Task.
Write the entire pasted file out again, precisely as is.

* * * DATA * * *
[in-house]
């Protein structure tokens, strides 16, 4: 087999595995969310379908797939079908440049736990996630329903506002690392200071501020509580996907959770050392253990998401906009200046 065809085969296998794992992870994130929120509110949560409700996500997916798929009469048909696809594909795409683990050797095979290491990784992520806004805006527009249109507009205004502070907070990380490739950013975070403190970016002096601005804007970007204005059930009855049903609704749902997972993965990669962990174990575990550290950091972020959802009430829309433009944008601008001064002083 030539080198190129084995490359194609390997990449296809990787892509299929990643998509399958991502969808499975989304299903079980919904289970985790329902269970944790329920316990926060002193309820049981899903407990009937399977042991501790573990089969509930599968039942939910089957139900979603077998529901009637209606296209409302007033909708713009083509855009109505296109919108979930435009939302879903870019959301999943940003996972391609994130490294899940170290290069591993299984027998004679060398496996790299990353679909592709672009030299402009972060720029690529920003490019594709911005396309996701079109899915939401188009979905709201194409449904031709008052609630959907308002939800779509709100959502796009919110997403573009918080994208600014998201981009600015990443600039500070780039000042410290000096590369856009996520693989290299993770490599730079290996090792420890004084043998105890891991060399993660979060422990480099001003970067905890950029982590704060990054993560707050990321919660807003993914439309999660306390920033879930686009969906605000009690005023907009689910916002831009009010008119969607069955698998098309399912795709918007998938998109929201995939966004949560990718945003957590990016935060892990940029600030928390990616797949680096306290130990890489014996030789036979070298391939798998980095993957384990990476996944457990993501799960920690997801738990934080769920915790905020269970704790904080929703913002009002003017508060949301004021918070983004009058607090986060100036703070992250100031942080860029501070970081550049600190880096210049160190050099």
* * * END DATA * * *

[in-house]
């Protein structure tokens, strides 16, 4: 087999595995969310379908797939079908440049736990996630329903506002690392200071501020509580996907959770050392253990998401906009200046 065809085969296998794992992870994130929120509110949560409700996500997916798929009469048909696809594909795409683990050797095979290491990784992520806004805006527009249109507009205004502070907070990380490739950013975070403190970016002096601005804007970007204005059930009855049903609704749902997972993965990669962990174990575990550290950091972020959802009430829309433009944008601008001064002083 030539080198190129084995490359194609390997990449296809990787892509299929990643998509399958991502969808499975989304299903079980919904289970985790329902269970944790329920316990926060002193309820049981899903407990009937399977042991501790573990089969509930599968039942939910089957139900979603077998529901009637209606296209409302007033909708713009083509855009109505296109919108979930435009939302879903870019959301999943940003996972391609994130490294899940170290290069591993299984027998004679060398496996790299990353679909592709672009030299402009972060720029690529920003490019594709911005396309996701079109899915939401188009979905709201194409449904031709008052609630959907308002939800779509709100959502796009919110997403573009918080994208600014998201981009600015990443600039500070780039000042410290000096590369856009996520693989290299993770490599730079290996090792420890004084043998105890891991060399993660979060422990480099001003970067905890950029982590704060990054993560707050990321919660807003993914439309999660306390920033879930686009969906605000009690005023907009689910916002831009009010008119969607069955698998098309399912795709918007998938998109929201995939966004949560990718945003957590990016935060892990940029600030928390990616797949680096306290130990890489014996030789036979070298391939798998980095993957384990990476996944457990993501799960920690997801738990934080769920915790905020269970704790904080929703913002009002003017508060949301004021918070983004009058607090986060100036703070992250100031942080860029501070970081550049600190880096210049160190050099």